It was not the loudest and certainly not the longest disturbance ever to occur at a TWUC event and probably would have ended with the meeting but for a Toronto TWUC member named Dave Bidini. He issued a post on his Twitter feed saying there had been an “ugly” event at a Writers Festival party where a man named Alan Twigg made racist comments to an Indigenous writer.

Bidini does not know me; he had to ask a fellow TWUC member who I was. He has hundreds of Twitter followers and many of them took his accusation at face value. Consequently, I soon received hate mail and worried calls from supporters. A few of the haters launched a campaign to urge advertisers to boycott the BC BookWorld newspaper that I have published for and about the B.C. literary community since 1988. [Only one advertiser out of 40 did so; and malcontents were unsuccessful in their efforts to have BC BookWorld removed from BC Ferries.]

If anyone cares to read the thousands of pages I have written and/or published about Indigenous authors and First Nations’ issues over the past 40 years, they can make a much fairer assessment of whether or not I am a racist. If you examine the contents of my work, it’s an idiotic claim. But instead I was branded a racist by a tweet.

When Dave Bidini was unable to substantiate why my truncated attempt to improve Ms. Benson’s equity presentation constituted racism, he subsequently proceeded to fabricate an outrageous quote allegedly gleaned from a brief parking lot conversation, alleging that I feared Indigenous people wanted to “boot us off our land.” Anyone who knows me or reads my writing knows how foreign to my value system such a statement would be. But in a Trumpian age, apparently many people are more than willing to believe in an outrageous lie.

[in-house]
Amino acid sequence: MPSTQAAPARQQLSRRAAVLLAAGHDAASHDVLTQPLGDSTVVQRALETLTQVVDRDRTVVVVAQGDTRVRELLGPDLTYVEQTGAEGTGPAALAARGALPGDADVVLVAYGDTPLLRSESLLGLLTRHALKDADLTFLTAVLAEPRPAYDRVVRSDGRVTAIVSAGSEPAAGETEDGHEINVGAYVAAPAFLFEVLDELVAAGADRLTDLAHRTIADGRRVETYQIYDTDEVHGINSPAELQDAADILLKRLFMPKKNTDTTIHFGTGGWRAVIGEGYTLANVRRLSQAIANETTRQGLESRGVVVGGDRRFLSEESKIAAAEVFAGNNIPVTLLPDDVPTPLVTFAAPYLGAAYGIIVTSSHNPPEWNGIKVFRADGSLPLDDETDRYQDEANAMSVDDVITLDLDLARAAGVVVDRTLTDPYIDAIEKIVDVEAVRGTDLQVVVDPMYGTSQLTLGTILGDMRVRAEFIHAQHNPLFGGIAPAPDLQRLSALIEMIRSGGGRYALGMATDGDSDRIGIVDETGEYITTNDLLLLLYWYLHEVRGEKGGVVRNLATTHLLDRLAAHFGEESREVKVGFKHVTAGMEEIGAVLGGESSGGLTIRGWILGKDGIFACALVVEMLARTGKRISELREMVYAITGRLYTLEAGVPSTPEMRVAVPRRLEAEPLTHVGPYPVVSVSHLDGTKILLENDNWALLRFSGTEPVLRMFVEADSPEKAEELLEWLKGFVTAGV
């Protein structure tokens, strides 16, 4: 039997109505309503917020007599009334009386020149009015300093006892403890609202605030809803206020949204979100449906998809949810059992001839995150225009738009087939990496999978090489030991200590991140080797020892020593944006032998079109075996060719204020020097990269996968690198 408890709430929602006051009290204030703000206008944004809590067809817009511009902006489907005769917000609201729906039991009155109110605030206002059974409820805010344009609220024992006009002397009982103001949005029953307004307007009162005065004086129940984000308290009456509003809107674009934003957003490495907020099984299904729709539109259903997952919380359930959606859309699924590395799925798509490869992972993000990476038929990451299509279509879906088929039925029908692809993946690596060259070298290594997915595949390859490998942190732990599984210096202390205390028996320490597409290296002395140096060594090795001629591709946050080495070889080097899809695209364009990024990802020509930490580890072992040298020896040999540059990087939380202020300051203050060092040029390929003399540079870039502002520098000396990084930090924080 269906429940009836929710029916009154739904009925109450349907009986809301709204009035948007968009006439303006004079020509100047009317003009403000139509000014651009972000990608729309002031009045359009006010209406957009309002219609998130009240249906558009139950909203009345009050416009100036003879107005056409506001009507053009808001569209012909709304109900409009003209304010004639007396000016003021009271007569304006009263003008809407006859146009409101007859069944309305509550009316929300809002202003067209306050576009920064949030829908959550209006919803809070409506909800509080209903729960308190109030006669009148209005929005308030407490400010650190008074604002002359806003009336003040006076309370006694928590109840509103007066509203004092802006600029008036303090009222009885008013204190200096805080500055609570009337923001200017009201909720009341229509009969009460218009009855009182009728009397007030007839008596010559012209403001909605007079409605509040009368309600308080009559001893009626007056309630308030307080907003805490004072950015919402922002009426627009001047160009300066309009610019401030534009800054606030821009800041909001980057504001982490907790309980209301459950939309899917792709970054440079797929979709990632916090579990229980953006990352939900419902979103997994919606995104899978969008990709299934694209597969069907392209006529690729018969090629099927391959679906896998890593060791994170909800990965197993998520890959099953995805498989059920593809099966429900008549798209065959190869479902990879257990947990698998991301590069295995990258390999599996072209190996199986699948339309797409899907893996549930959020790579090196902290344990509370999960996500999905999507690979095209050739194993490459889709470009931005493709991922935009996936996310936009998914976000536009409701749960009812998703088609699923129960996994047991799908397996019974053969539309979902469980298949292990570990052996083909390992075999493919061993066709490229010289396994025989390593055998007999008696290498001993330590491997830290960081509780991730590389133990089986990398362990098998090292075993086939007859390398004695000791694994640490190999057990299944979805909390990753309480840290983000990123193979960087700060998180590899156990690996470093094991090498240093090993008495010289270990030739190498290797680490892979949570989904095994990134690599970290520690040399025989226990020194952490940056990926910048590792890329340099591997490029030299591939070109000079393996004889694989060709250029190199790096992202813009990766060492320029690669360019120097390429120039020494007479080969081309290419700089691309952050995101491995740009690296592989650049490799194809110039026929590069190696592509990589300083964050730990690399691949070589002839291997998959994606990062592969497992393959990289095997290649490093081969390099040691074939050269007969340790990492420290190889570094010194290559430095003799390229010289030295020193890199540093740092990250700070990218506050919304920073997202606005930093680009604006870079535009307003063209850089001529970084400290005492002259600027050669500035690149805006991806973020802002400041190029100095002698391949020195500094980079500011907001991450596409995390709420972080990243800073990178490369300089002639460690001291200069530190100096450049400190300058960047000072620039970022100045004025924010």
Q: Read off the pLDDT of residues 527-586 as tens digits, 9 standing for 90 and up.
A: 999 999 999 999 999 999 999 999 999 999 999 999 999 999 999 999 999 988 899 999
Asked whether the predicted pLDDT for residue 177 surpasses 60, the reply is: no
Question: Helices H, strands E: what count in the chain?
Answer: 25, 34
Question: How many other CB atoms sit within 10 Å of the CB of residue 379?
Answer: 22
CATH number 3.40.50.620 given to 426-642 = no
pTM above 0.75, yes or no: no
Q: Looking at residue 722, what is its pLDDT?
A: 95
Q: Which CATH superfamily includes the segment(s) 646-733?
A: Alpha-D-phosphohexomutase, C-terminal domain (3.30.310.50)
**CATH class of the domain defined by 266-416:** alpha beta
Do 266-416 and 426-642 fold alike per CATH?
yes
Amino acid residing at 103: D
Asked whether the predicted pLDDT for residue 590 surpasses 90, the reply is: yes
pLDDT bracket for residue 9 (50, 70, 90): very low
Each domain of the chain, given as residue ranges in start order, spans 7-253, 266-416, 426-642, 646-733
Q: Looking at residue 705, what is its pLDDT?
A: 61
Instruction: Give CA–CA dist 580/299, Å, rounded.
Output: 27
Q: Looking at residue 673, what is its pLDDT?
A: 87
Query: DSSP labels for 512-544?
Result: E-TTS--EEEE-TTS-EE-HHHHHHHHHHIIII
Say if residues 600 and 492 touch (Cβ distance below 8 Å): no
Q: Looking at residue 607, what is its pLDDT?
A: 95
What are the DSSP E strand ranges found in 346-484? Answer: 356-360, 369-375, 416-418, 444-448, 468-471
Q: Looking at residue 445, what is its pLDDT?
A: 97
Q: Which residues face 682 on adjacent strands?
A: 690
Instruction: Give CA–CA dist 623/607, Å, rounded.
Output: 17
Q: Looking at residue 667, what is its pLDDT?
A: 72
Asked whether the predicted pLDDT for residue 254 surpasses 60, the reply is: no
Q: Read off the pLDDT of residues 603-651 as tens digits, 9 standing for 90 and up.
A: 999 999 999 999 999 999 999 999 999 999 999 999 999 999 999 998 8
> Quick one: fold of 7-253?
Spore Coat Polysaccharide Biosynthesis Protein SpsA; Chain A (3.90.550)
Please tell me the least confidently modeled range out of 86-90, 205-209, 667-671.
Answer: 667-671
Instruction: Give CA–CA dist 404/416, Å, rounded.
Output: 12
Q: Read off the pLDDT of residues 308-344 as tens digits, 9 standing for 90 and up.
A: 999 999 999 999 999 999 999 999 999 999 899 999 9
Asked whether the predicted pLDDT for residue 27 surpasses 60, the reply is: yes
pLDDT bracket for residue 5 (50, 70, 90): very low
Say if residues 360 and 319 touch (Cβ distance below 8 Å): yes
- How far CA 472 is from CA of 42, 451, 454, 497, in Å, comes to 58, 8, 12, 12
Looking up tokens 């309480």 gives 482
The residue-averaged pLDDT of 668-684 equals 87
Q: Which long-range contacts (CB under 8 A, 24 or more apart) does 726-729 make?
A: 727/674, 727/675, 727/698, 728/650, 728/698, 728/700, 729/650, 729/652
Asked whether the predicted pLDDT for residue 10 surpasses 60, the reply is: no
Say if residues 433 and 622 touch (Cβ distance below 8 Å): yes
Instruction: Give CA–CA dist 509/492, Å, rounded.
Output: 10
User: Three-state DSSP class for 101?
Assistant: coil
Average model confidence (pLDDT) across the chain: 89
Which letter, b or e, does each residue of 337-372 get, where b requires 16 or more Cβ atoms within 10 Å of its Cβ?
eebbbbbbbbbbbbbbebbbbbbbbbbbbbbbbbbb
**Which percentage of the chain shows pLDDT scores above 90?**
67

Holocaust survivor and author Irene Watts remarked, “To call Alan (Twigg) a racist with the kind of progressive work he has undertaken over the years is slanderous.” When he was made aware that his tweets were libelous, Dave Bidini withdrew them. By then, much damage had been done. If Dave Bidini had done any research, he would have discovered I have published and written a great deal more to promote awareness of First Nations-related literature than almost any other member of the Writers Union. In 2005, I published the first and only book entirely devoted to Indigenous authors of one province, Aboriginality: The Literary Origins of British Columbia.

I am not entirely sure why I was made a member of the Order of Canada, but that might be one of the reasons.

The wonderful growth of appreciation and understanding of Indigenous peoples that we are now witnessing in this country is the result of constructive actions and some difficult conversations. I will continue to provide preferential treatment ­ at my own discretion, not because of any governmental dictum, ­ to books from and about Indigenous societies and individuals, as I have been doing non-stop, in every issue of BC BookWorld, since 1987.

Today, there are at least 266 Indigenous authors in B.C., and more than 60 Metis authors, and I know that because that’s how many I’ve recorded on ABCBookWorld. I have a manuscript of more than 1,000 pages on this subject, a book that is far too big to publish.

Jeannette Armstrong during the making of Jeannette Armstrong: Knowledge Keeper, of the Okanagan.

Along the way I wrote and produced a CBC documentary, Jeannette Armstrong: Knowledge Keeper, of the Okanagan, in 1995. In 2016, I had the honour of organizing the presentation of the George Woodcock Lifetime Achievement Award to Jeannette Armstrong, making her the first Indigenous writer in BC to be so recognized.